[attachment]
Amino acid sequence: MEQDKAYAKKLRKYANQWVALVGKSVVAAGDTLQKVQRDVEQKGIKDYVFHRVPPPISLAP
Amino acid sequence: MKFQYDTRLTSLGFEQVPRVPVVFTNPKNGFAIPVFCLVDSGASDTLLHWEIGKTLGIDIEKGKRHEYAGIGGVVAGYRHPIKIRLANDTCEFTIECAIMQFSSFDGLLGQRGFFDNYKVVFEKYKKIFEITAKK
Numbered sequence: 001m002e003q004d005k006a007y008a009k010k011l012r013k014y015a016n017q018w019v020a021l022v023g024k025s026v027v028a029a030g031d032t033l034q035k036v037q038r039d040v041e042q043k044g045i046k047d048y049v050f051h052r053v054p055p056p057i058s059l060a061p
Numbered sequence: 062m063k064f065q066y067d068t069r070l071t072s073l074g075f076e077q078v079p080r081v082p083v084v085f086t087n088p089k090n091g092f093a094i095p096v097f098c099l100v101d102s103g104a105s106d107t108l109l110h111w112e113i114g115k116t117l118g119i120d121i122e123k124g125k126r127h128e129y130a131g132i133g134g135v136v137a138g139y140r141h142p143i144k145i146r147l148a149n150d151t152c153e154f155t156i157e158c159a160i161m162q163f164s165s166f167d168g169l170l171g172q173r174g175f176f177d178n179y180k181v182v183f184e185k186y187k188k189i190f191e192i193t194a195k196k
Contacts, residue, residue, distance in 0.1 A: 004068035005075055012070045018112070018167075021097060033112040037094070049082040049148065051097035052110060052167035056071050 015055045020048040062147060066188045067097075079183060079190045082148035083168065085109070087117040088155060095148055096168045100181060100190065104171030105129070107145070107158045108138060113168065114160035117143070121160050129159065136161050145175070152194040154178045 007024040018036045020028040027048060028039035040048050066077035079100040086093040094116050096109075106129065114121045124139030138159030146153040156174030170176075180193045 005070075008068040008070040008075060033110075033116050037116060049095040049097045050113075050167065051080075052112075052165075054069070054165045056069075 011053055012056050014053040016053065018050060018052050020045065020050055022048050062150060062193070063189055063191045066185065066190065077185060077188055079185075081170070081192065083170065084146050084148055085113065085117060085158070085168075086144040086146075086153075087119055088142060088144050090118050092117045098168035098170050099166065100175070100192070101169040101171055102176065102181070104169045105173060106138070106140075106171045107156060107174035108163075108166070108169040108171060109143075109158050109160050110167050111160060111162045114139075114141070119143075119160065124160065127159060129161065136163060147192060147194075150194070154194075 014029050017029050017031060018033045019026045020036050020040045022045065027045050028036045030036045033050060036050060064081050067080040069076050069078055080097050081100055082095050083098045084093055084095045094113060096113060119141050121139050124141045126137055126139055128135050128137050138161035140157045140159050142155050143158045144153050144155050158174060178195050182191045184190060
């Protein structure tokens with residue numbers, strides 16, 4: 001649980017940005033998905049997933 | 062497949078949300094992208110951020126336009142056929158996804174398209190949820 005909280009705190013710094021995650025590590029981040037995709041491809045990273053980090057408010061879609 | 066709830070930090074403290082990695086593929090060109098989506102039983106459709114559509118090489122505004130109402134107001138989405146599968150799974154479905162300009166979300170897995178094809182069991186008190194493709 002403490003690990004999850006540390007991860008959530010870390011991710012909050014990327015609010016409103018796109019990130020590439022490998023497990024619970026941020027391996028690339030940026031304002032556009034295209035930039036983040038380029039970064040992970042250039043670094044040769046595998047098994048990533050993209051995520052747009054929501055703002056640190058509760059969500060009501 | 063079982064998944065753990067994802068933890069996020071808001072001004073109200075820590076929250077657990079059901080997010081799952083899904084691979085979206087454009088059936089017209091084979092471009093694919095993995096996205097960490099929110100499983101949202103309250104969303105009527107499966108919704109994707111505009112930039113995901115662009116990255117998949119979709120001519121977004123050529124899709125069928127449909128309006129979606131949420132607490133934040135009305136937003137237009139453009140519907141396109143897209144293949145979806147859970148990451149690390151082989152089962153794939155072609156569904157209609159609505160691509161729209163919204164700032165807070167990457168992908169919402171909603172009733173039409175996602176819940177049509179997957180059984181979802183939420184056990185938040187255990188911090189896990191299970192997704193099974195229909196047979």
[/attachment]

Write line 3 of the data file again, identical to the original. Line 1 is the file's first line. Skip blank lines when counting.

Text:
Numbered sequence: 001m002e003q004d005k006a007y008a009k010k011l012r013k014y015a016n017q018w019v020a021l022v023g024k025s026v027v028a029a030g031d032t033l034q035k036v037q038r039d040v041e042q043k044g045i046k047d048y049v050f051h052r053v054p055p056p057i058s059l060a061p